Designing and Building a Tiny House, and Everything In Between. 

Ribbons, Sails 

& Dandelion Fluff

May 2020 –

Building a Shelter

Steel Frames & Cladding

Apr 20 – Jul 19

Doors & Windows

The Beginnings of a ‘Tiny’ Project

Apr 19 – Aug 17

Succulents & Raspberries;

A First Foray into Gardening.

Oct 17 – Apr 15

After finally getting stuck into some building I returned to my lighting research with renewed energy. Inspired to tackle my work with a slightly more hands-on approach I pulled out a couple of light bulbs from our hallway cupboard to have a look for myself. Funnily enough, the cardboard boxes proved the more interesting and soon I was reading the information the manufacturers consider major selling points.


What is a watt?

Watts measure the energy consumed by a bulb.
During the dominance of incandescent’s, watts would be advertised as the measurement of brightness, yet when new lighting technologies were introduced this could no longer be a sound gauge for consumers. This is because halogens and LEDs use less wattage to create the same amount of brightness. For example; a 100-watt incandescent bulb provides 1600 lumens, whilst you only need a 22 watt LED to achieve the same result. If you used a 100 watt LED, you would be looking at an outdoor floodlight!

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Flipping the box over I found a table detailing the specifications of the globe- voltage, frequency, colour, and output. I break down each one below:


What is voltage?

Voltage measures the pressure of an electric current.
It is suggested to think of voltage through the terms of water tanks. The water stored in the tank is the charge. The pressure of a connected hose represents voltage. The more water in the tank (battery), the higher the pressure (voltage). As the tank is drained the pressure decreases, just like a torch dims as the batteries run low.

Mathematically, a volt is the amount of joules per coulomb.
Or in English, the amount of work per group of flowing electrons.

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In the case of my lightbulb, the voltage is 240V. As mentioned here, electricity enters your home at 240 volts. When the lightbulb is connected to the home’s circuit (240v) it should deliver the advertised lumens. If you connect this bulb to a lower voltage it will continue to work but will be dimmer than advertised. If you use a bulb recommended for a lower voltage, the light produced will be brighter, but the globe will have a shorter lifespan.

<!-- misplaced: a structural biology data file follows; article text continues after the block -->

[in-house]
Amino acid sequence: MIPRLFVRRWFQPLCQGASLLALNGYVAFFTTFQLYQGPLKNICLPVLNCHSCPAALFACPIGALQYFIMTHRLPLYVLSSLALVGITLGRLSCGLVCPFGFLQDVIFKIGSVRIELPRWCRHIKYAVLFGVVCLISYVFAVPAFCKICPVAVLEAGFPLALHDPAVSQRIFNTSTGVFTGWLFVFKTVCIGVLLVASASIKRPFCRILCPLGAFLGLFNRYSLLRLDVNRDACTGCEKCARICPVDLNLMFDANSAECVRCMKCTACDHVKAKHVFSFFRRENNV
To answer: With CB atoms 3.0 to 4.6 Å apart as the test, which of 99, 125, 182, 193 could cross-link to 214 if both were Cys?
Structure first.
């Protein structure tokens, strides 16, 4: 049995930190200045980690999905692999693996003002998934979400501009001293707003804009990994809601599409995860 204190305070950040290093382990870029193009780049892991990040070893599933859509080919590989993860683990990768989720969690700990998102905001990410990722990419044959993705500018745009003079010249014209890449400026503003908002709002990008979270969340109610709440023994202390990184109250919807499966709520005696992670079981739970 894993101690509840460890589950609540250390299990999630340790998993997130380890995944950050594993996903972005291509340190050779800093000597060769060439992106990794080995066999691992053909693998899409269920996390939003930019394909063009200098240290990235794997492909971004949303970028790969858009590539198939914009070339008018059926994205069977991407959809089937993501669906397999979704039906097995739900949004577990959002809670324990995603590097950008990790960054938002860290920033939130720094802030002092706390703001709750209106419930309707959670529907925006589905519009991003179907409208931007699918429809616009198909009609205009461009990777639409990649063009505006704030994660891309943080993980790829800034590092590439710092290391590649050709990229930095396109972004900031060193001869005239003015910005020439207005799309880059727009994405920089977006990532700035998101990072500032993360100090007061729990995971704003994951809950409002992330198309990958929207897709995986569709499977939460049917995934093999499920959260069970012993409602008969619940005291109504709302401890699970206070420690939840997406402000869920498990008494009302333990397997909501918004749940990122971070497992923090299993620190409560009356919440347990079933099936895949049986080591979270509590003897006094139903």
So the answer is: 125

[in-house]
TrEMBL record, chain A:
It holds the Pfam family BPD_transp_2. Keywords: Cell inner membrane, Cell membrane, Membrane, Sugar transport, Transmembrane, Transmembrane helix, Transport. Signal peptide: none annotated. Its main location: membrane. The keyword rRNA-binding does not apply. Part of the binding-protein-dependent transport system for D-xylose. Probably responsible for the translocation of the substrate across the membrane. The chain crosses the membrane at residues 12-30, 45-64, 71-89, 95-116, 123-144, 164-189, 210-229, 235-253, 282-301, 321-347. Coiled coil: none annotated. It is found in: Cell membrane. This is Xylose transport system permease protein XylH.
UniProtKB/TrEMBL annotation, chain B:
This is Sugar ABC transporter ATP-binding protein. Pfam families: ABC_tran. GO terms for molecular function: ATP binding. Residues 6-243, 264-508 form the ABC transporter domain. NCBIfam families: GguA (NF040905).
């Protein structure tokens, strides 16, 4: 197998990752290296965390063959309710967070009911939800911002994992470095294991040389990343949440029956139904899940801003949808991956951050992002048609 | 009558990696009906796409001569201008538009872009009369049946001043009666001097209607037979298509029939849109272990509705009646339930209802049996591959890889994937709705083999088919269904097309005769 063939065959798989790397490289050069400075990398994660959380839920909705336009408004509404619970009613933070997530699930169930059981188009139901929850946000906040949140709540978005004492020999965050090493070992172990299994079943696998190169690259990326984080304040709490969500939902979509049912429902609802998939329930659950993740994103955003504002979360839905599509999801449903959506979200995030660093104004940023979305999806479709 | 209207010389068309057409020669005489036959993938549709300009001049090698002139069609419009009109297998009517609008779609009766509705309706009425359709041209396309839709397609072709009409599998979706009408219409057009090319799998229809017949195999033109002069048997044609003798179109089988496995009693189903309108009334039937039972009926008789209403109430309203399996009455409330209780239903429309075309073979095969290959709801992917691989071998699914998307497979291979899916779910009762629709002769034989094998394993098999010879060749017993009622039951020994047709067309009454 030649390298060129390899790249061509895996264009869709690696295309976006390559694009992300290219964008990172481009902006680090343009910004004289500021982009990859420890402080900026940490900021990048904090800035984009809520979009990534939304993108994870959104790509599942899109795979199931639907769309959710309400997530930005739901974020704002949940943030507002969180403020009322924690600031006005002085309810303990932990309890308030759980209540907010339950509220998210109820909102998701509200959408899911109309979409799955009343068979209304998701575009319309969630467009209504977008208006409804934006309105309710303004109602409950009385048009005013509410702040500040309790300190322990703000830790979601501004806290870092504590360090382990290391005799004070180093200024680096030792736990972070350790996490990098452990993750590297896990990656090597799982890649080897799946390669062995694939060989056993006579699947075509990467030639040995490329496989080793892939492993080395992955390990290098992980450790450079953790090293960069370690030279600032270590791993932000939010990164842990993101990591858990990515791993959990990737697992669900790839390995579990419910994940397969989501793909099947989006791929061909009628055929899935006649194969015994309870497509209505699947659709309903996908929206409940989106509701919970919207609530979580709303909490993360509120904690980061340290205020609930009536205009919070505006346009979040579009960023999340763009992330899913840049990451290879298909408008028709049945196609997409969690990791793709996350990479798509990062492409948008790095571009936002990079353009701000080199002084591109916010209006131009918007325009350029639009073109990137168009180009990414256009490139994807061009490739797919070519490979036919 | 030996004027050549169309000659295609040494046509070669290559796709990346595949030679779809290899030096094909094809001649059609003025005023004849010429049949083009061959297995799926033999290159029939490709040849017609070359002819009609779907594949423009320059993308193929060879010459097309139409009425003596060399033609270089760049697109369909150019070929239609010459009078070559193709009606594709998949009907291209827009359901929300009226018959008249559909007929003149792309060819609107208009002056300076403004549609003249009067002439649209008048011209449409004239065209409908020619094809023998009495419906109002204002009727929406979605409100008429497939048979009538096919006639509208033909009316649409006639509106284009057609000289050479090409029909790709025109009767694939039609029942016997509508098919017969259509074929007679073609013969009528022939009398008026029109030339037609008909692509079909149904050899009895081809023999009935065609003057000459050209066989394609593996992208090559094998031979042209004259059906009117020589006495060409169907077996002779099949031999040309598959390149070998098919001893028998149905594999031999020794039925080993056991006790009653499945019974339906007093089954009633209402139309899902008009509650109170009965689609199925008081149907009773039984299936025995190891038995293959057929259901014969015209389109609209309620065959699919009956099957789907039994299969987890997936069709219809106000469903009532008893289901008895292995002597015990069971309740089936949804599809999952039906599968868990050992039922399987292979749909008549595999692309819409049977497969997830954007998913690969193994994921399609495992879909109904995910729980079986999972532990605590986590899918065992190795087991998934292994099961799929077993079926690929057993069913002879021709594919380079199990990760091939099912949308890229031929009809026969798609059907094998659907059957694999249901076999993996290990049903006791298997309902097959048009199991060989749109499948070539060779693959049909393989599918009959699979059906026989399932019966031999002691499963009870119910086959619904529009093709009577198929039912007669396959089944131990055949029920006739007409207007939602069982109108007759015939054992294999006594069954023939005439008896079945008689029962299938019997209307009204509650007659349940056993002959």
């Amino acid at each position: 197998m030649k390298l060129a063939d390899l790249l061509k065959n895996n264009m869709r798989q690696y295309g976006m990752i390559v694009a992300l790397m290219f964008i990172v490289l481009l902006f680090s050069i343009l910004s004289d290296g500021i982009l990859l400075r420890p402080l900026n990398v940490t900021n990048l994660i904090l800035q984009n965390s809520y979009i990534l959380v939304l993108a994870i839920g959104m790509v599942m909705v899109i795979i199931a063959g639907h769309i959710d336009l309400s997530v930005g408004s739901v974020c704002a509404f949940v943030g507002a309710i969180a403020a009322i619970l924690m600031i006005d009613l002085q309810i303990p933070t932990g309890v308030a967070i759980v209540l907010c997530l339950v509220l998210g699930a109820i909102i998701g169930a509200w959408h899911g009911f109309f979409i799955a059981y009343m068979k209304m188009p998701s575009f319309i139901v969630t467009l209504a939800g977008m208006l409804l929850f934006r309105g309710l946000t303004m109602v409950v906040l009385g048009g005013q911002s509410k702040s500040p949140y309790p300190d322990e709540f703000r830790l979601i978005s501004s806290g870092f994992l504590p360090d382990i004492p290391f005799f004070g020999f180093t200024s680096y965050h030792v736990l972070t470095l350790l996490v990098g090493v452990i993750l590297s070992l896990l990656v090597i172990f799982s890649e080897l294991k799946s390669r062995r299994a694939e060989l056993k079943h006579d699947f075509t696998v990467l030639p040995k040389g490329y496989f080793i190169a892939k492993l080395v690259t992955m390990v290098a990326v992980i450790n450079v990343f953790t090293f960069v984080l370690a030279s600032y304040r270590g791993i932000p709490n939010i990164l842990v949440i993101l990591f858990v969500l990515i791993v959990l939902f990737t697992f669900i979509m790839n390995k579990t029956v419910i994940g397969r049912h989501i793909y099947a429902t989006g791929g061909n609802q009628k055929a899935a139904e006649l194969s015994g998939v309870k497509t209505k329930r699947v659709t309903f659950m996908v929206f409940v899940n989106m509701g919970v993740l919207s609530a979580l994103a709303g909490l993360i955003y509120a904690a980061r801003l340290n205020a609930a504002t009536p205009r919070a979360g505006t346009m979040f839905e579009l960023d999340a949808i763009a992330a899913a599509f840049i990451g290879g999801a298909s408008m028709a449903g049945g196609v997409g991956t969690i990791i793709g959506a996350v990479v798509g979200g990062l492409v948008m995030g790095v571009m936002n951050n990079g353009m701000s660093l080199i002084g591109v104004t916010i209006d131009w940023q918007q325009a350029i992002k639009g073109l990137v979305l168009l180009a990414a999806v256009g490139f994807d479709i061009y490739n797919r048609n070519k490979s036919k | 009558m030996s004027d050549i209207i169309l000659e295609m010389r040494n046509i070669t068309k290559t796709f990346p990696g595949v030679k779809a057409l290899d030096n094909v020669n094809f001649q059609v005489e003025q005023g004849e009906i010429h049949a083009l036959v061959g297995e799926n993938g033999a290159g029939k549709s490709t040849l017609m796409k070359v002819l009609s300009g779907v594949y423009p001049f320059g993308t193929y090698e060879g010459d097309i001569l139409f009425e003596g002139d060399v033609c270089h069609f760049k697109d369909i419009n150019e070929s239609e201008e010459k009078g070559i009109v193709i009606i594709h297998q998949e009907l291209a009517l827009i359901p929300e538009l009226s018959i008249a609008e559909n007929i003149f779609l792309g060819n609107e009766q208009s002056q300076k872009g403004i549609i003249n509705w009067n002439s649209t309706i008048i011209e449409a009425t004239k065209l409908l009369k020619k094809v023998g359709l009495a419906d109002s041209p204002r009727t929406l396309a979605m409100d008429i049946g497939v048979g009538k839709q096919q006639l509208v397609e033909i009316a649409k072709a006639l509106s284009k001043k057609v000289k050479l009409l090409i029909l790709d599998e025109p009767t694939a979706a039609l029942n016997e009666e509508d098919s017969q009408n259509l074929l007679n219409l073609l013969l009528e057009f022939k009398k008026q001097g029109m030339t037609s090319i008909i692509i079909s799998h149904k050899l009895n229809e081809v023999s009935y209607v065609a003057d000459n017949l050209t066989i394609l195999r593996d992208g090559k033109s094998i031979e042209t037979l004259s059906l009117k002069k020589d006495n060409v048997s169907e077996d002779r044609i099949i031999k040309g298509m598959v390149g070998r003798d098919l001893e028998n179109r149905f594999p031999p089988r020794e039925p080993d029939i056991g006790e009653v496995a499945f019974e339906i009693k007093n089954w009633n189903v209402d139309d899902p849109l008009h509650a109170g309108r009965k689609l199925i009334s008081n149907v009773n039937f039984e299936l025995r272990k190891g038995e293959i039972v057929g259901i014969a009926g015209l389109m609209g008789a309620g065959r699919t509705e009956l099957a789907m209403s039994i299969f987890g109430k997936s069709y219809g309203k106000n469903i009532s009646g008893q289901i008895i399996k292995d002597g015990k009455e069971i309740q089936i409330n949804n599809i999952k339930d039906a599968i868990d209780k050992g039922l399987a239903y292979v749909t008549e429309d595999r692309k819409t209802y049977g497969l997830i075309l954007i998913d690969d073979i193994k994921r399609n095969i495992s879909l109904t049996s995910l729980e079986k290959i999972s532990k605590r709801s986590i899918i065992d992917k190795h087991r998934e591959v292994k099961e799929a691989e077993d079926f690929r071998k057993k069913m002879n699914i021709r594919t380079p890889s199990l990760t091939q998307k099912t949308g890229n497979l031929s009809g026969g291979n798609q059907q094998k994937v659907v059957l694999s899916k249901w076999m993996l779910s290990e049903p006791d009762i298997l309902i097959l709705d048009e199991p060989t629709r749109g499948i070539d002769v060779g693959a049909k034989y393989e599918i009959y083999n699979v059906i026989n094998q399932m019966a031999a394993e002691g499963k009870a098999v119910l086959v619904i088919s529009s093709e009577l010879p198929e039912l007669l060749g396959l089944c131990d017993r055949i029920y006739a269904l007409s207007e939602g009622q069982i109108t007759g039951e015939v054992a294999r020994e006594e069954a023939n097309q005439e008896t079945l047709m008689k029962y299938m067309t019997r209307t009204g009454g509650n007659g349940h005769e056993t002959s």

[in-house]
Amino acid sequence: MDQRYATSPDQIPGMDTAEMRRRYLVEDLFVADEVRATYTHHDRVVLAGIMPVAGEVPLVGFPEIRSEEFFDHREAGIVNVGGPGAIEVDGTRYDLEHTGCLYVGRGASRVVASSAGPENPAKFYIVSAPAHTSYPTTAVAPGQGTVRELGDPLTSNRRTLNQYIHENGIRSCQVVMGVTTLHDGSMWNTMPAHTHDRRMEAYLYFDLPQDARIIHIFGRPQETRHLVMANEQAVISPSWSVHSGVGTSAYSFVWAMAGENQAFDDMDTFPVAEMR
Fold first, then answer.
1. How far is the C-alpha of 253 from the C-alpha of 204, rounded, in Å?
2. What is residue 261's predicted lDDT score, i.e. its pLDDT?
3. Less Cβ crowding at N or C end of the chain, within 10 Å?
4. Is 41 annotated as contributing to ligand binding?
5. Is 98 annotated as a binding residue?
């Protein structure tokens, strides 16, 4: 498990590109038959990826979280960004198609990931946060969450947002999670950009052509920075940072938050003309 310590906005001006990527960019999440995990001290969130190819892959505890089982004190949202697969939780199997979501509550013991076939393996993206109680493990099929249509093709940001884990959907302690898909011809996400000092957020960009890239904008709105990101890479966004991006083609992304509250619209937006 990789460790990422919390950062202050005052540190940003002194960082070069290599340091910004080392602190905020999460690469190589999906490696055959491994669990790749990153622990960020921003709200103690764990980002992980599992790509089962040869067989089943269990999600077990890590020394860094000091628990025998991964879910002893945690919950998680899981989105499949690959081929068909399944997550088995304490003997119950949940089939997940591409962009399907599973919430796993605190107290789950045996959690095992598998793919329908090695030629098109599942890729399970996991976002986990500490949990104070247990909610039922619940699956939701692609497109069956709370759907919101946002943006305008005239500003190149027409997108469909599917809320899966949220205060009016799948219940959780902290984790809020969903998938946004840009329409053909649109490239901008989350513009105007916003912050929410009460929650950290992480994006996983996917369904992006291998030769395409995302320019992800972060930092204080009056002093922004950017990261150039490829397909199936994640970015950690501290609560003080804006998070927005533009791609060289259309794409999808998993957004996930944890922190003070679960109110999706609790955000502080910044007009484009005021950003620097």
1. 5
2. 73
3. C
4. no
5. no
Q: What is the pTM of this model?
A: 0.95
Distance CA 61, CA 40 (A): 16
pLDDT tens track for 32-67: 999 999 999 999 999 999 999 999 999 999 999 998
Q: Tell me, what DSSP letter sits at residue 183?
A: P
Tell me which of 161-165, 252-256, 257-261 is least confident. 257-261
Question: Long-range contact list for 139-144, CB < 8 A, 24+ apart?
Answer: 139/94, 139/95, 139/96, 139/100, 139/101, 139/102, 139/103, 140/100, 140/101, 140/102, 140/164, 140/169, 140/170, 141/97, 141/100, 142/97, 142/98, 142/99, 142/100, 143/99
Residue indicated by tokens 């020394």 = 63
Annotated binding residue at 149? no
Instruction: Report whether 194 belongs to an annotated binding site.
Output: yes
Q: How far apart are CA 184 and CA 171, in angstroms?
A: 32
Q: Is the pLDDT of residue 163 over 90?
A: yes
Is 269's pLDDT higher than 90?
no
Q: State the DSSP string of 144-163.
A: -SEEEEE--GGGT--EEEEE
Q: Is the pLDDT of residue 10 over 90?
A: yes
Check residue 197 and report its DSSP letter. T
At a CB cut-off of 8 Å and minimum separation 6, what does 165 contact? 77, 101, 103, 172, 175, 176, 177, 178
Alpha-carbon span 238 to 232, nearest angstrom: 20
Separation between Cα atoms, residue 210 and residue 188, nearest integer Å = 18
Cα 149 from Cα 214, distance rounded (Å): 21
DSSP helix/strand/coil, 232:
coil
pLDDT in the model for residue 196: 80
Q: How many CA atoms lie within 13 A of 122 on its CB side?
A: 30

What is frequency?

This is the invisible flickering of a light bulb connected to AC- it is the pulse of the electricity pumping through the bulb. A frequency of 50/60 cannot be detected by the naked eye. However, if a frequency is too low the eye will detect the flickering which can cause headaches and eye strain. To be honest I don’t really understand the role frequency plays, but for now, that explanation will do.

What is colour temperature?

Colour temperature is exactly as it sounds, the colour of the light. It is measured in Kelvins. The higher the Kelvin (K) rating, the whiter the light will be. 1000- 3500k produces warm light, 3500- 4100k is neutral, 5000k up is considered cool. This scale remains the same for all lightbulbs.

  • 1900k is candlelight
  • 2000k or under will give a dim soft glow- good for ambient lighting.
  • 2000 to 3000k is best for living rooms and bedrooms as they give a soft white glow.
  • 3100 to 4500k for kitchens/workspaces, good for task lighting. (Bright bluish daylight too harsh for home ambient lighting.)
  • 4800k direct sunlight.
  • 6000k cloudy sky.

My lightbulb has a temperature of 2800k, meaning it produces a soft white light.

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What are lumens?

Lumens is the measurement used to represent how bright a light is. It indicates the total light emitted, no matter the direction. 
Lux is the unit used to measure the output of light in a given area, so 1 lux = 1 lumen metre squared. It is a measurement of the amount of visible light and intensity of the illumination. The centre of a lamp beam is where the light intensity is the highest.

Lumens and lux come into play when planning the lighting of your home when considering Ambient and Task lighting.

Ambient lighting should radiate a comfortable level of brightness and is considered the room’s ‘natural light.’ This is generally achieved through the use of omni-directional (light in all directions) lamps. Downlights will pool light on surfaces so should only be used for task lighting. They are not successful at achieving general illumination. Up to six downlights s would be needed to achieve the same result of an omni-directional light. Light shades can absorb almost half of your light so choose carefully.

Task lighting provides concentrated light for an area of work or reading. It has to be brighter than the ambient lighting to ensure contrast. Lamps and track lighting can be used if the direction needs to be changed. Under counter kitchen lights are used as fixed directional lighting. Task lighting needs to be free of glare and shadows, but bright enough to avoid eye strain.

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